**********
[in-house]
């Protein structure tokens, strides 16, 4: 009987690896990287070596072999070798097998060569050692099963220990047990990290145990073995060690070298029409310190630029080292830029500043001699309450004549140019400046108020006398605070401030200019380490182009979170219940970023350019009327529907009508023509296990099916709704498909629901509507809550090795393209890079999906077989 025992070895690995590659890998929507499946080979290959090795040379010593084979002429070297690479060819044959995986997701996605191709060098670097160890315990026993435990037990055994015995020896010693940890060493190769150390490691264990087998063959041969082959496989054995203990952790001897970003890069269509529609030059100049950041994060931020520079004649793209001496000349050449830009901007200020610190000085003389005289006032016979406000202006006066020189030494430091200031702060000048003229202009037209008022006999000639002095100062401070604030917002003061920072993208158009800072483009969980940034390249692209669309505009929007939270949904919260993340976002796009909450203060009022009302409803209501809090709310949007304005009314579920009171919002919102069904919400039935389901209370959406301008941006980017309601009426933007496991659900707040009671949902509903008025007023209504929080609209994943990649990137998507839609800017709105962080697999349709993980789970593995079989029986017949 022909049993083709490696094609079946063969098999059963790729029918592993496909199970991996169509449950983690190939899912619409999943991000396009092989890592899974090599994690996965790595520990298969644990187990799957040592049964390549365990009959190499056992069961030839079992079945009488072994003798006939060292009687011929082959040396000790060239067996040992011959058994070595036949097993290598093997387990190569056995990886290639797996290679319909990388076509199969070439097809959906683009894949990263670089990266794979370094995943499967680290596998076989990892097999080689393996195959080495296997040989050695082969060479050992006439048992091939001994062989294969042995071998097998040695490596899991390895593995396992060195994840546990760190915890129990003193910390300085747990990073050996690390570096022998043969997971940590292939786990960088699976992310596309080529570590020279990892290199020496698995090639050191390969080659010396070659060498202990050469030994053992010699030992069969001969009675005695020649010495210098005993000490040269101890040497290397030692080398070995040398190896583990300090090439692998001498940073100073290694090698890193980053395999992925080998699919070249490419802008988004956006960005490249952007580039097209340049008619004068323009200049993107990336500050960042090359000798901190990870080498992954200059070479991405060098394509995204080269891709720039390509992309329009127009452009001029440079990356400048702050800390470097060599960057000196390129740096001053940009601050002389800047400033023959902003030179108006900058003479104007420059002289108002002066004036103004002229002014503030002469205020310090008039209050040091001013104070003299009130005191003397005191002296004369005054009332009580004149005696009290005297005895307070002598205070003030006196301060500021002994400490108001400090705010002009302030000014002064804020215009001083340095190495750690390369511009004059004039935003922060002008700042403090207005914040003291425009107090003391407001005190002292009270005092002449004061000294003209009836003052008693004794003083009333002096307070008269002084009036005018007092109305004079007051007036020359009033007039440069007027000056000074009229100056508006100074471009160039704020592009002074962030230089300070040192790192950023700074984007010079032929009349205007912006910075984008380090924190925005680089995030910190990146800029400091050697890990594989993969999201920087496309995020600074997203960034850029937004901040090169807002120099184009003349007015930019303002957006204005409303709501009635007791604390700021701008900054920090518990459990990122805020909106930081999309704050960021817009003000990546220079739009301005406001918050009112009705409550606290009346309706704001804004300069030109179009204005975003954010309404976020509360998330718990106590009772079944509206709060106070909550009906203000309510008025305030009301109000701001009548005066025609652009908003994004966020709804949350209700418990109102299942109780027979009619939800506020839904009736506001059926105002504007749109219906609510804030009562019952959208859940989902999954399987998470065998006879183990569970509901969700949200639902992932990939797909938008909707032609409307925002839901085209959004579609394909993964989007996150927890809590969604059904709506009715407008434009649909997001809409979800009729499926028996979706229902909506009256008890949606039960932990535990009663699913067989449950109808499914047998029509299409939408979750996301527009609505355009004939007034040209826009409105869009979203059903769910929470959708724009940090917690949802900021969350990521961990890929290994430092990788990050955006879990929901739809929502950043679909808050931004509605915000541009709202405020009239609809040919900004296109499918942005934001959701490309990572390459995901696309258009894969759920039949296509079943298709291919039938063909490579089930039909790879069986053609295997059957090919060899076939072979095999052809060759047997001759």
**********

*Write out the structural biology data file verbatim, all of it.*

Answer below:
[in-house]
């Protein structure tokens, strides 16, 4: 009987690896990287070596072999070798097998060569050692099963220990047990990290145990073995060690070298029409310190630029080292830029500043001699309450004549140019400046108020006398605070401030200019380490182009979170219940970023350019009327529907009508023509296990099916709704498909629901509507809550090795393209890079999906077989 025992070895690995590659890998929507499946080979290959090795040379010593084979002429070297690479060819044959995986997701996605191709060098670097160890315990026993435990037990055994015995020896010693940890060493190769150390490691264990087998063959041969082959496989054995203990952790001897970003890069269509529609030059100049950041994060931020520079004649793209001496000349050449830009901007200020610190000085003389005289006032016979406000202006006066020189030494430091200031702060000048003229202009037209008022006999000639002095100062401070604030917002003061920072993208158009800072483009969980940034390249692209669309505009929007939270949904919260993340976002796009909450203060009022009302409803209501809090709310949007304005009314579920009171919002919102069904919400039935389901209370959406301008941006980017309601009426933007496991659900707040009671949902509903008025007023209504929080609209994943990649990137998507839609800017709105962080697999349709993980789970593995079989029986017949 022909049993083709490696094609079946063969098999059963790729029918592993496909199970991996169509449950983690190939899912619409999943991000396009092989890592899974090599994690996965790595520990298969644990187990799957040592049964390549365990009959190499056992069961030839079992079945009488072994003798006939060292009687011929082959040396000790060239067996040992011959058994070595036949097993290598093997387990190569056995990886290639797996290679319909990388076509199969070439097809959906683009894949990263670089990266794979370094995943499967680290596998076989990892097999080689393996195959080495296997040989050695082969060479050992006439048992091939001994062989294969042995071998097998040695490596899991390895593995396992060195994840546990760190915890129990003193910390300085747990990073050996690390570096022998043969997971940590292939786990960088699976992310596309080529570590020279990892290199020496698995090639050191390969080659010396070659060498202990050469030994053992010699030992069969001969009675005695020649010495210098005993000490040269101890040497290397030692080398070995040398190896583990300090090439692998001498940073100073290694090698890193980053395999992925080998699919070249490419802008988004956006960005490249952007580039097209340049008619004068323009200049993107990336500050960042090359000798901190990870080498992954200059070479991405060098394509995204080269891709720039390509992309329009127009452009001029440079990356400048702050800390470097060599960057000196390129740096001053940009601050002389800047400033023959902003030179108006900058003479104007420059002289108002002066004036103004002229002014503030002469205020310090008039209050040091001013104070003299009130005191003397005191002296004369005054009332009580004149005696009290005297005895307070002598205070003030006196301060500021002994400490108001400090705010002009302030000014002064804020215009001083340095190495750690390369511009004059004039935003922060002008700042403090207005914040003291425009107090003391407001005190002292009270005092002449004061000294003209009836003052008693004794003083009333002096307070008269002084009036005018007092109305004079007051007036020359009033007039440069007027000056000074009229100056508006100074471009160039704020592009002074962030230089300070040192790192950023700074984007010079032929009349205007912006910075984008380090924190925005680089995030910190990146800029400091050697890990594989993969999201920087496309995020600074997203960034850029937004901040090169807002120099184009003349007015930019303002957006204005409303709501009635007791604390700021701008900054920090518990459990990122805020909106930081999309704050960021817009003000990546220079739009301005406001918050009112009705409550606290009346309706704001804004300069030109179009204005975003954010309404976020509360998330718990106590009772079944509206709060106070909550009906203000309510008025305030009301109000701001009548005066025609652009908003994004966020709804949350209700418990109102299942109780027979009619939800506020839904009736506001059926105002504007749109219906609510804030009562019952959208859940989902999954399987998470065998006879183990569970509901969700949200639902992932990939797909938008909707032609409307925002839901085209959004579609394909993964989007996150927890809590969604059904709506009715407008434009649909997001809409979800009729499926028996979706229902909506009256008890949606039960932990535990009663699913067989449950109808499914047998029509299409939408979750996301527009609505355009004939007034040209826009409105869009979203059903769910929470959708724009940090917690949802900021969350990521961990890929290994430092990788990050955006879990929901739809929502950043679909808050931004509605915000541009709202405020009239609809040919900004296109499918942005934001959701490309990572390459995901696309258009894969759920039949296509079943298709291919039938063909490579089930039909790879069986053609295997059957090919060899076939072979095999052809060759047997001759």